August 16, 2013
Etiquette has five whole sections on how we are to interact with others personally. Of the eight-section book, most of it is about how to treat others in a very personal way. These aren’t ways to tie ties or how to pick stationary or what to put on your resume. No, these are 462 distinct, intentional pages of how to consider others and their feelings.
As Christians, we should not be so unfamiliar with this. We are called by Paul to belong to one another. We are not our own, which we know, purchased by Christ. But we are also called to submit to one another (Eph. 5:21) and to remember that we, through love, must serve one another (Gal. 5:13).
So then, why is it that we find ourselves living very selective lives? Around the seminary, plans are made and broken often. And it’s alright some of the time. You get a cold. The baby gets a cold. Your computer crashes. But sometimes, something better just comes up. What is it in our hearts that desires to plan around our own wants? How often have you turned down an invitation (or worse, put off answering) until you find one that sounds more amazing? We are all guilty of this. But what does it say about where our priorities are?
Emily Post reminds us that we should always be honest. If you don’t want to go on a date with that guy, say so. Do it nicely, but don’t lead him on. If you ever have to answer any kind of invitation at a later time, always give a reason. When you say, “I might be able to. I’ll let you know.” It can come across as not really wanting to spend time with the person inviting you. This is rude, according to Post. Instead, she urges you to say, “I’ll let you know tomorrow—I’ve got to talk to my roommate.” Or something that communicates the truth and lets them know that they are not just getting the brush off.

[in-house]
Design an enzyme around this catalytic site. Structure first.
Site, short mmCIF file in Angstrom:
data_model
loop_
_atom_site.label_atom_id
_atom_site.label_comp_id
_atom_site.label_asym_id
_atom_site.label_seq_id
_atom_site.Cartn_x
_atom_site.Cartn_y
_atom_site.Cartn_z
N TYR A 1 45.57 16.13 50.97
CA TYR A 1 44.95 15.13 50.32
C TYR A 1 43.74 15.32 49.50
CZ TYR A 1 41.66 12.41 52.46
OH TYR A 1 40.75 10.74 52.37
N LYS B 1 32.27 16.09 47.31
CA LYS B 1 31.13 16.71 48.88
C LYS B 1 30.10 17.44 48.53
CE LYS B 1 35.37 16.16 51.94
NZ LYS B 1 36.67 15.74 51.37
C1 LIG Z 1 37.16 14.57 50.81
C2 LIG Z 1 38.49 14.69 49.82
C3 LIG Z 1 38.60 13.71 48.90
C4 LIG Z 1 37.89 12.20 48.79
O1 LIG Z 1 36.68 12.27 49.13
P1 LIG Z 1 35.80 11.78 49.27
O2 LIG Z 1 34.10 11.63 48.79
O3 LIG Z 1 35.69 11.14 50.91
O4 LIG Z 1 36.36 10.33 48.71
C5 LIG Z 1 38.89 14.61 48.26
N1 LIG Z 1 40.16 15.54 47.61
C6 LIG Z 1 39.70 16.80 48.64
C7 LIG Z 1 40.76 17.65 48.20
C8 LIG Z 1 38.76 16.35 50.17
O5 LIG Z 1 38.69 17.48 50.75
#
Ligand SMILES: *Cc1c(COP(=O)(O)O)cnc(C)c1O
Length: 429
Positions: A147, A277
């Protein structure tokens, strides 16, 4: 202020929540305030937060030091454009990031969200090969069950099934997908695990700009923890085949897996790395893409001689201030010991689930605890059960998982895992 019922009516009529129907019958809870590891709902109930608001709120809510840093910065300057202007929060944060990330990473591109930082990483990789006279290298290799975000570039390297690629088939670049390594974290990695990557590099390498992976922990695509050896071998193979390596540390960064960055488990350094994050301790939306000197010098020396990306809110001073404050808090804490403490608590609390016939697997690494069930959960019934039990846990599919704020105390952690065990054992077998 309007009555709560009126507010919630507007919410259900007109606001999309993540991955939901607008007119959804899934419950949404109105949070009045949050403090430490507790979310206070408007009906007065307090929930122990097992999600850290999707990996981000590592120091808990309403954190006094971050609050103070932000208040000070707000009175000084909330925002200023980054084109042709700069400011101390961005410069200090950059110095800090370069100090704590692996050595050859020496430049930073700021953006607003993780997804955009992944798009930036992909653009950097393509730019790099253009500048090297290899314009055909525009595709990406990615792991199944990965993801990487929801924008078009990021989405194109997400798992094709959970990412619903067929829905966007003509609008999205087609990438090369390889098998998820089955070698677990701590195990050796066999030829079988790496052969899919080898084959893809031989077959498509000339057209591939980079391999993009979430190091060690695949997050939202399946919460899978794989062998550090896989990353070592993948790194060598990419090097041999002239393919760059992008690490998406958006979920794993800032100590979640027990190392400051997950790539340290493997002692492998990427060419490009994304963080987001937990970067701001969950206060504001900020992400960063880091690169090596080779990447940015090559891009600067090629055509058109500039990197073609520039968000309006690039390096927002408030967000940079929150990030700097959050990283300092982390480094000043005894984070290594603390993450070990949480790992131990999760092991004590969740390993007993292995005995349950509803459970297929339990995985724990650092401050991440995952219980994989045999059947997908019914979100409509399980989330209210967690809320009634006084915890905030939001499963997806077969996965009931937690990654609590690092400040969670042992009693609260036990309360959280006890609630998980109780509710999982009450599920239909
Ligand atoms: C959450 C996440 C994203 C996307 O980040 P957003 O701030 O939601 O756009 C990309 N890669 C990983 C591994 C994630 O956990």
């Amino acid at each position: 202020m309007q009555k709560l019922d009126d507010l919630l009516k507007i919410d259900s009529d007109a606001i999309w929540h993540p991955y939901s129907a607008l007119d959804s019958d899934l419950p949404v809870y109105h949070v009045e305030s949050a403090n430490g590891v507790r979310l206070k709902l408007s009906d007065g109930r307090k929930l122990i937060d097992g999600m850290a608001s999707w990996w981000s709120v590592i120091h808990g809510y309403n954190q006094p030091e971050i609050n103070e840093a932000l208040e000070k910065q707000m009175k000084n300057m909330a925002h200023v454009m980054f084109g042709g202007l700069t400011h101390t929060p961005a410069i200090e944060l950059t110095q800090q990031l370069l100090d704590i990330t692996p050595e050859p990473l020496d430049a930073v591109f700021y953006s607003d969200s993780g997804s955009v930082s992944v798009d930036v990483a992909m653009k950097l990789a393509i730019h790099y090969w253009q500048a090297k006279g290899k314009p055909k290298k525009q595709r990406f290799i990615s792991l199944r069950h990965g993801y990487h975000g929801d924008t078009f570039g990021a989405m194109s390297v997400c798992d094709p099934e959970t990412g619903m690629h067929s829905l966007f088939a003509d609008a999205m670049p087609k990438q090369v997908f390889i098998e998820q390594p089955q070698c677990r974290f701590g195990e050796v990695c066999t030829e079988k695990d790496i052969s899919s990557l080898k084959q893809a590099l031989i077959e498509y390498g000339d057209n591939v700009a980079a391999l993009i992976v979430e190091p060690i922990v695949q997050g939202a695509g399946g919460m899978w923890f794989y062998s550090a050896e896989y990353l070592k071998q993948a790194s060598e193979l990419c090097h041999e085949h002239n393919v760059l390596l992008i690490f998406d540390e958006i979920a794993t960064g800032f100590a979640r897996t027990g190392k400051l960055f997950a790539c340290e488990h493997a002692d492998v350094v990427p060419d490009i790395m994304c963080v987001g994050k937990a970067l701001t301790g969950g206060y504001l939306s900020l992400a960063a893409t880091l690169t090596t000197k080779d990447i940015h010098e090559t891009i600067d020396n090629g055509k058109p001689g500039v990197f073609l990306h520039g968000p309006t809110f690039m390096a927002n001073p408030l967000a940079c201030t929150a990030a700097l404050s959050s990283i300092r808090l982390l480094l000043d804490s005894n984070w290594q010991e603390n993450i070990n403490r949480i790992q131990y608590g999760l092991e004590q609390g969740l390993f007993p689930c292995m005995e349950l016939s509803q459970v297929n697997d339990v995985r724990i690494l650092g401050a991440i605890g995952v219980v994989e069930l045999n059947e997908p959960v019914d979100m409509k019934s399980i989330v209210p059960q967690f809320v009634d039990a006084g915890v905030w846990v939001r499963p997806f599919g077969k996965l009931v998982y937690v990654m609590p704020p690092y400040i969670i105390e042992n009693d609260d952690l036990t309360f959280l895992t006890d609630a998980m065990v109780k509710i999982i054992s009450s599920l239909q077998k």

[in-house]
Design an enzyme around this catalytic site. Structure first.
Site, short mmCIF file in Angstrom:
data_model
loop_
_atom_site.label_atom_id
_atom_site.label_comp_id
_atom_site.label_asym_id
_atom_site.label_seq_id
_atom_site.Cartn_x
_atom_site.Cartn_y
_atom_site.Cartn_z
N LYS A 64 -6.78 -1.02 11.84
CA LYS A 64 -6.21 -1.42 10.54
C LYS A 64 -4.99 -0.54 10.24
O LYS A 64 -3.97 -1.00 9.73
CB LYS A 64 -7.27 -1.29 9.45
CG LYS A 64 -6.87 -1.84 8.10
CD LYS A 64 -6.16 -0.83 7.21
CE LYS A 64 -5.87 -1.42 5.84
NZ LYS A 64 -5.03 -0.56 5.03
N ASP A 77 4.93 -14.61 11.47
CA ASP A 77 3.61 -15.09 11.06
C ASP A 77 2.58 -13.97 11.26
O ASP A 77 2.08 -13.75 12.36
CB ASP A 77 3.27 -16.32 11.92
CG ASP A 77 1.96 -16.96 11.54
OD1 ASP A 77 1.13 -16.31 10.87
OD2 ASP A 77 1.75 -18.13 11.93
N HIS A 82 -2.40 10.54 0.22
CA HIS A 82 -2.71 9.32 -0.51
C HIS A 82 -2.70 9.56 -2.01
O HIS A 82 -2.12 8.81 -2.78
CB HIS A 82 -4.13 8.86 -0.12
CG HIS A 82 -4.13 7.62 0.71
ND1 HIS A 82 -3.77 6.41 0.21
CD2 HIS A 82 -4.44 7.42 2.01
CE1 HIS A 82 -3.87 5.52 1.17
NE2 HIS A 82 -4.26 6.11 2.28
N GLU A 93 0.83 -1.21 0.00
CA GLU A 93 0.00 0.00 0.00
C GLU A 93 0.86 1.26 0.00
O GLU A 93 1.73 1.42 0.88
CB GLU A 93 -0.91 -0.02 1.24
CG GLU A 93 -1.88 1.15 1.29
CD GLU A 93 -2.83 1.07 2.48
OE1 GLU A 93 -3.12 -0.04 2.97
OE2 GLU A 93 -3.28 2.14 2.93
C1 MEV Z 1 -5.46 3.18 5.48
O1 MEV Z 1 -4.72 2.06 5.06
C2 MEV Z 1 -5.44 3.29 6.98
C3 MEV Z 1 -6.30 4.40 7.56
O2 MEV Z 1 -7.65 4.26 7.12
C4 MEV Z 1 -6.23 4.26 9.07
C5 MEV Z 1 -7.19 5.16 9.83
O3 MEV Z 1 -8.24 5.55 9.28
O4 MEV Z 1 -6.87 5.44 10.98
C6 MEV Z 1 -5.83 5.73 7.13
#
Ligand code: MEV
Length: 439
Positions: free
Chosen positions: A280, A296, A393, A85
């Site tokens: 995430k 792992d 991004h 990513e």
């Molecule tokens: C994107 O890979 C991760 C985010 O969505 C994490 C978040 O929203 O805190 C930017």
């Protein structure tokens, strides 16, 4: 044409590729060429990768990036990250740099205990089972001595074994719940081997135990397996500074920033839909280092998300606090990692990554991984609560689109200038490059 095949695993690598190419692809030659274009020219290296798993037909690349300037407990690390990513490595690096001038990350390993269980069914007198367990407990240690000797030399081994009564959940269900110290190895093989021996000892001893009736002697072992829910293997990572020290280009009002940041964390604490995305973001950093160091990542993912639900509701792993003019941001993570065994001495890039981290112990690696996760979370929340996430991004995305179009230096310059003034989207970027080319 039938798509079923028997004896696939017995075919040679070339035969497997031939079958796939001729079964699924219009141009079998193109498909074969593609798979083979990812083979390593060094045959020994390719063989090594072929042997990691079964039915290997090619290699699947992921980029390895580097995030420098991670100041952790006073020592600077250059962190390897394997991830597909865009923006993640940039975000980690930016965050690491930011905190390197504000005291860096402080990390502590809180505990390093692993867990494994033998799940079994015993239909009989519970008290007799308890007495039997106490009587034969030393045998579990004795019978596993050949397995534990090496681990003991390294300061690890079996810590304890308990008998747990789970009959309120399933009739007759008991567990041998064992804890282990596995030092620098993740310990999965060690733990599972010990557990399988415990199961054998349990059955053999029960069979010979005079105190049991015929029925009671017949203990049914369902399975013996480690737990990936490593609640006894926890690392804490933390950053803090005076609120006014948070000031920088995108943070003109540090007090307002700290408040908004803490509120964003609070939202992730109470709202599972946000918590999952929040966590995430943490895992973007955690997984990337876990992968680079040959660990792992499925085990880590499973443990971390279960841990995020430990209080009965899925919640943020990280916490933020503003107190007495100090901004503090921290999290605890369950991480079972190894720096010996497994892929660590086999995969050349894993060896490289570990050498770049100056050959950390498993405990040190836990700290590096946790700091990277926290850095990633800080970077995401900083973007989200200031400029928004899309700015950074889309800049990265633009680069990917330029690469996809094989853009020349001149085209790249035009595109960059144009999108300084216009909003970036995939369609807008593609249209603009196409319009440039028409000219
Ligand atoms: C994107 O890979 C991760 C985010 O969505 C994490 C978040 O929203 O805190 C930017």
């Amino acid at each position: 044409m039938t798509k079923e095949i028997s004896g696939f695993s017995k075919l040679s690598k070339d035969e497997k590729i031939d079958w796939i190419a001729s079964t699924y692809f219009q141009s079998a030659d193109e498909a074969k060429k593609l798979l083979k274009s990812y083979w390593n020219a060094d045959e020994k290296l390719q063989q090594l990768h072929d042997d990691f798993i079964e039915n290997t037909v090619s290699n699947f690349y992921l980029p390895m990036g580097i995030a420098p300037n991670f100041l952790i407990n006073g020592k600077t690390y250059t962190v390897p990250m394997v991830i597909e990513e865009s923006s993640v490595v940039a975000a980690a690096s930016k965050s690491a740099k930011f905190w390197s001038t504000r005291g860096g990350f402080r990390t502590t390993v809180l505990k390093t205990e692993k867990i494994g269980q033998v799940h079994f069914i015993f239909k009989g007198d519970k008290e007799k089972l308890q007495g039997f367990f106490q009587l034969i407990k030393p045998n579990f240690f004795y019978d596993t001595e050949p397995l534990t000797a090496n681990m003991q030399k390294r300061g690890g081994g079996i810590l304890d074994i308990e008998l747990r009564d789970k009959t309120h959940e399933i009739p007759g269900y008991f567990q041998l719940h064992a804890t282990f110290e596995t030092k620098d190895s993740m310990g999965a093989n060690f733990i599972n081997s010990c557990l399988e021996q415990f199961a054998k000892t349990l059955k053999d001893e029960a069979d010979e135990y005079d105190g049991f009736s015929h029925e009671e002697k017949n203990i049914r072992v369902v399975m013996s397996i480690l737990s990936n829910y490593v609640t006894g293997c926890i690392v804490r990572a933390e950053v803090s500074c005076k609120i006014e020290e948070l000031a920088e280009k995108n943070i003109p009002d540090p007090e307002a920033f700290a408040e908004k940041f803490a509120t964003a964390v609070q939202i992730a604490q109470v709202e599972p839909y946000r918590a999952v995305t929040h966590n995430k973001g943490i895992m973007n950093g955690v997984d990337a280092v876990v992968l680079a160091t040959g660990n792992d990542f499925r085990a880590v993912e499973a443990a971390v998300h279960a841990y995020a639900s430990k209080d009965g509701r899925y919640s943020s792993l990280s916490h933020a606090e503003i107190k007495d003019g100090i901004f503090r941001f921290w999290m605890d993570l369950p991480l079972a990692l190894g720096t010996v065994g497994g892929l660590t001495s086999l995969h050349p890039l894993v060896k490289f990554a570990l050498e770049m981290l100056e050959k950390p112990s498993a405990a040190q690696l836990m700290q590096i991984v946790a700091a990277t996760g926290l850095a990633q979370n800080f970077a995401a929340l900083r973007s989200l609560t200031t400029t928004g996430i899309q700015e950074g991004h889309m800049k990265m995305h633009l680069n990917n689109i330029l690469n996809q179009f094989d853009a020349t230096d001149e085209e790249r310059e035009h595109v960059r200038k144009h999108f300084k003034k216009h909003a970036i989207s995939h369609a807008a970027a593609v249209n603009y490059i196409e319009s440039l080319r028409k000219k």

Ah, the brush-off. The I-am-going-to-be-vague-because-I-don’t-want-to-be-mean-and-I’m-hoping-something-better-comes-up brush-off. You know the one.
Our social relationships at the seminary, at church or even where we live is not something that is supposed to tailor to our own desires. If someone invites you to dinner and you later get offered tickets to a Red Sox game, don’t cancel. If someone asks to study with you but you find out that a group of other students is studying somewhere different (like a favorite coffee shop,) don’t deter your plans. Living in community means that we have to give a little and not simply take. The real world isn’t Facebook or Instagram. Your life doesn’t always have to the best possible option that’s been presented. Rather, it should be the kind, considerate, respectful option.
Honor your commitments, friends. For in doing so, you honor one another and you honor Christ.
Melissa Zaldivar is an MATH student from California. She loves golf, theology, Jewish holidays, people falling in love, Jonathan Edwards, chocolate chip cookies, her adorable niece and telling stories. When she's not filming and photographing weddings, you can find her reading news articles, watching Parks and Recreation or playing Super Smash Bros.
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